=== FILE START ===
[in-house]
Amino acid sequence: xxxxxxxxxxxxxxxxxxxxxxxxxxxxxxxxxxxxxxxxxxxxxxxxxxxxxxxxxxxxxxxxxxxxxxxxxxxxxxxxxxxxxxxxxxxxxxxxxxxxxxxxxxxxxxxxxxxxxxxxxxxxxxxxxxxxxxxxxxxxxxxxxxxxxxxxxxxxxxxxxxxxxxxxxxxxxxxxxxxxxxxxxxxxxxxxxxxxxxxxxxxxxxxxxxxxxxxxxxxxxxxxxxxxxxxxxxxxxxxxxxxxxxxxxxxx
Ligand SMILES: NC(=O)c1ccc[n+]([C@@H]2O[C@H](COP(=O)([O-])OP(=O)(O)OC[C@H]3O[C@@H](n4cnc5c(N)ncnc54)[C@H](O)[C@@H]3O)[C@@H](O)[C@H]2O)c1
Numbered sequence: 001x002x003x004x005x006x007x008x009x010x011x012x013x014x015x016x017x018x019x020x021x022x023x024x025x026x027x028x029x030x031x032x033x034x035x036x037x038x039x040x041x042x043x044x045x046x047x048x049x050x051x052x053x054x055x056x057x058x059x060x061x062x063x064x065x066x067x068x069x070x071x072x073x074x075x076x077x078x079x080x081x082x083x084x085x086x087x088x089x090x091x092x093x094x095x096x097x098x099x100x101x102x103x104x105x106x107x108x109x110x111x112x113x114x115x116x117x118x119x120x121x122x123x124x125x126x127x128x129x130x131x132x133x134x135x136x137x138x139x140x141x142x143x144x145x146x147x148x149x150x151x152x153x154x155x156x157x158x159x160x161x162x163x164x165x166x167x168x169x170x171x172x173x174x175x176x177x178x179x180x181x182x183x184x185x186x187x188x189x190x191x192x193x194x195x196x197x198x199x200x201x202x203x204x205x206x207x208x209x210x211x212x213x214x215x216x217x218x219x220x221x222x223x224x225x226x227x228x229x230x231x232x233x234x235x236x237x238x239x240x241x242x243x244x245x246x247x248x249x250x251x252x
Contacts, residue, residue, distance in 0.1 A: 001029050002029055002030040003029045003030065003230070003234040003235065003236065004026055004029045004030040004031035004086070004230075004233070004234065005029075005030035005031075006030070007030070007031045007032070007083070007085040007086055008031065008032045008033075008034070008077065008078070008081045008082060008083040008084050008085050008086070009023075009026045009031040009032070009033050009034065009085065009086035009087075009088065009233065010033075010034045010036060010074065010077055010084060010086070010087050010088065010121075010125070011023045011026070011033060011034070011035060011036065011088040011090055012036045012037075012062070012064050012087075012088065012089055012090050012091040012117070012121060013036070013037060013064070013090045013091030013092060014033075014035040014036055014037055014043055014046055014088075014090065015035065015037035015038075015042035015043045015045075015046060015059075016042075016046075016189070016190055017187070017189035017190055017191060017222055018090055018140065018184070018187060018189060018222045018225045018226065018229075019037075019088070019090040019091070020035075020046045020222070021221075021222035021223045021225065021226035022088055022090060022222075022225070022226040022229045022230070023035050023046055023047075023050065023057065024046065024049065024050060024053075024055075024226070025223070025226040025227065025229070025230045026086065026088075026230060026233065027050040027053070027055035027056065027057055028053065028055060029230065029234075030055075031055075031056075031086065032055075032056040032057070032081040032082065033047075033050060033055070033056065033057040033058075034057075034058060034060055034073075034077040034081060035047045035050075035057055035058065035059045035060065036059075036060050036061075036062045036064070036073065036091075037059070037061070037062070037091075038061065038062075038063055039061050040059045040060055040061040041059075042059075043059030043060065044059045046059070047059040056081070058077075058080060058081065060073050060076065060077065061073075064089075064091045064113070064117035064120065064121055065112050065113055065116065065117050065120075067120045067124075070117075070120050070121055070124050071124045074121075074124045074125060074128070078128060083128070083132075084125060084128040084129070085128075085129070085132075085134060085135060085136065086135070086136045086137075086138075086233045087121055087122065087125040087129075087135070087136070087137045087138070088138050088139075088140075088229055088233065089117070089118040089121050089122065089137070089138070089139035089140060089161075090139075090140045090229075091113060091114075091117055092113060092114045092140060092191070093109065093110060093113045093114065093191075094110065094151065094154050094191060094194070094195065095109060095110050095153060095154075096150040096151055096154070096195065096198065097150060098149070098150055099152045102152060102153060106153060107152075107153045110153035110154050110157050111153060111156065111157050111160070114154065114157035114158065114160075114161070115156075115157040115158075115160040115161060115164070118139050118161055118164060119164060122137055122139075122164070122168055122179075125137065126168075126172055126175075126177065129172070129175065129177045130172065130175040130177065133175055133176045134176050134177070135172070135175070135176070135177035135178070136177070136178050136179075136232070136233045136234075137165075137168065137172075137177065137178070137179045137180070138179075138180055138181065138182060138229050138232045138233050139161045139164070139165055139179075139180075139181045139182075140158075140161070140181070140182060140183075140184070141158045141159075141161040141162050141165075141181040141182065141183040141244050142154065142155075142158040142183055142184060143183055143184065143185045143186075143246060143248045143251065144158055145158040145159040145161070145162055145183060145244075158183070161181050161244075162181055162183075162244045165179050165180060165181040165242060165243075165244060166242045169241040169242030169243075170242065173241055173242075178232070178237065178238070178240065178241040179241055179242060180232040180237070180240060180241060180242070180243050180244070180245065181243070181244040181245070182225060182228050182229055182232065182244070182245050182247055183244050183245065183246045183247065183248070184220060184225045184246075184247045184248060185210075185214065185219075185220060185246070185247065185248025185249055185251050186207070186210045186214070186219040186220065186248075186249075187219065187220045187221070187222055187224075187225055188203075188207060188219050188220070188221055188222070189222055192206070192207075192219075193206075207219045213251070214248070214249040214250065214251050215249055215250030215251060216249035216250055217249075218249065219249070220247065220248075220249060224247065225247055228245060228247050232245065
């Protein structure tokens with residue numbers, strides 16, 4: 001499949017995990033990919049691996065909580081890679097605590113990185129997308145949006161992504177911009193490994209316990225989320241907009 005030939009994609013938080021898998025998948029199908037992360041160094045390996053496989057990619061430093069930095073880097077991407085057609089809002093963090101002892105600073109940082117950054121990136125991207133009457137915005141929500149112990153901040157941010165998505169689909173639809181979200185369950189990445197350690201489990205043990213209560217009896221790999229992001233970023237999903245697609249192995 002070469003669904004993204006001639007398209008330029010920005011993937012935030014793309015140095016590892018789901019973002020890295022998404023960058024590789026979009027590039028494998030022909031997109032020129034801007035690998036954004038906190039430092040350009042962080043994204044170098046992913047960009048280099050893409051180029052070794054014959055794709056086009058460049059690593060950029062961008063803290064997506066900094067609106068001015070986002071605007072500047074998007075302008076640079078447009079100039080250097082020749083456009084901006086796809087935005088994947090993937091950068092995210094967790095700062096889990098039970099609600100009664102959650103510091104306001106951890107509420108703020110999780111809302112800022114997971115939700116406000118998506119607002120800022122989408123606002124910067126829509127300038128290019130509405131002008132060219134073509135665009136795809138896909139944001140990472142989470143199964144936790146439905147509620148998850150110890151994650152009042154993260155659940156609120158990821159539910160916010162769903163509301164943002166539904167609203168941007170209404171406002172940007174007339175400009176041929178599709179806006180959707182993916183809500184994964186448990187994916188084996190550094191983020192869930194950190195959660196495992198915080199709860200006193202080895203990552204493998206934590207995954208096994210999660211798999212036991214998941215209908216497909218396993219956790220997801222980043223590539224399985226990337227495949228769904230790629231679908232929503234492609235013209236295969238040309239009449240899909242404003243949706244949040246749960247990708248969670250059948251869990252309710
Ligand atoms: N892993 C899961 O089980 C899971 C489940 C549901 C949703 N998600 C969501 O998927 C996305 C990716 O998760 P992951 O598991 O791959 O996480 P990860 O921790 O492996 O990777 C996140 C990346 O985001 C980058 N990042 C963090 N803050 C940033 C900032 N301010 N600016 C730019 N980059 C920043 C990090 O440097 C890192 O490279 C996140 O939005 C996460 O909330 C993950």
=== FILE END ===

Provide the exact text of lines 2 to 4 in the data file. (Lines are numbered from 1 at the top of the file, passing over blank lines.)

Amino acid sequence: xxxxxxxxxxxxxxxxxxxxxxxxxxxxxxxxxxxxxxxxxxxxxxxxxxxxxxxxxxxxxxxxxxxxxxxxxxxxxxxxxxxxxxxxxxxxxxxxxxxxxxxxxxxxxxxxxxxxxxxxxxxxxxxxxxxxxxxxxxxxxxxxxxxxxxxxxxxxxxxxxxxxxxxxxxxxxxxxxxxxxxxxxxxxxxxxxxxxxxxxxxxxxxxxxxxxxxxxxxxxxxxxxxxxxxxxxxxxxxxxxxxxxxxxxxxx
Ligand SMILES: NC(=O)c1ccc[n+]([C@@H]2O[C@H](COP(=O)([O-])OP(=O)(O)OC[C@H]3O[C@@H](n4cnc5c(N)ncnc54)[C@H](O)[C@@H]3O)[C@@H](O)[C@H]2O)c1
Numbered sequence: 001x002x003x004x005x006x007x008x009x010x011x012x013x014x015x016x017x018x019x020x021x022x023x024x025x026x027x028x029x030x031x032x033x034x035x036x037x038x039x040x041x042x043x044x045x046x047x048x049x050x051x052x053x054x055x056x057x058x059x060x061x062x063x064x065x066x067x068x069x070x071x072x073x074x075x076x077x078x079x080x081x082x083x084x085x086x087x088x089x090x091x092x093x094x095x096x097x098x099x100x101x102x103x104x105x106x107x108x109x110x111x112x113x114x115x116x117x118x119x120x121x122x123x124x125x126x127x128x129x130x131x132x133x134x135x136x137x138x139x140x141x142x143x144x145x146x147x148x149x150x151x152x153x154x155x156x157x158x159x160x161x162x163x164x165x166x167x168x169x170x171x172x173x174x175x176x177x178x179x180x181x182x183x184x185x186x187x188x189x190x191x192x193x194x195x196x197x198x199x200x201x202x203x204x205x206x207x208x209x210x211x212x213x214x215x216x217x218x219x220x221x222x223x224x225x226x227x228x229x230x231x232x233x234x235x236x237x238x239x240x241x242x243x244x245x246x247x248x249x250x251x252x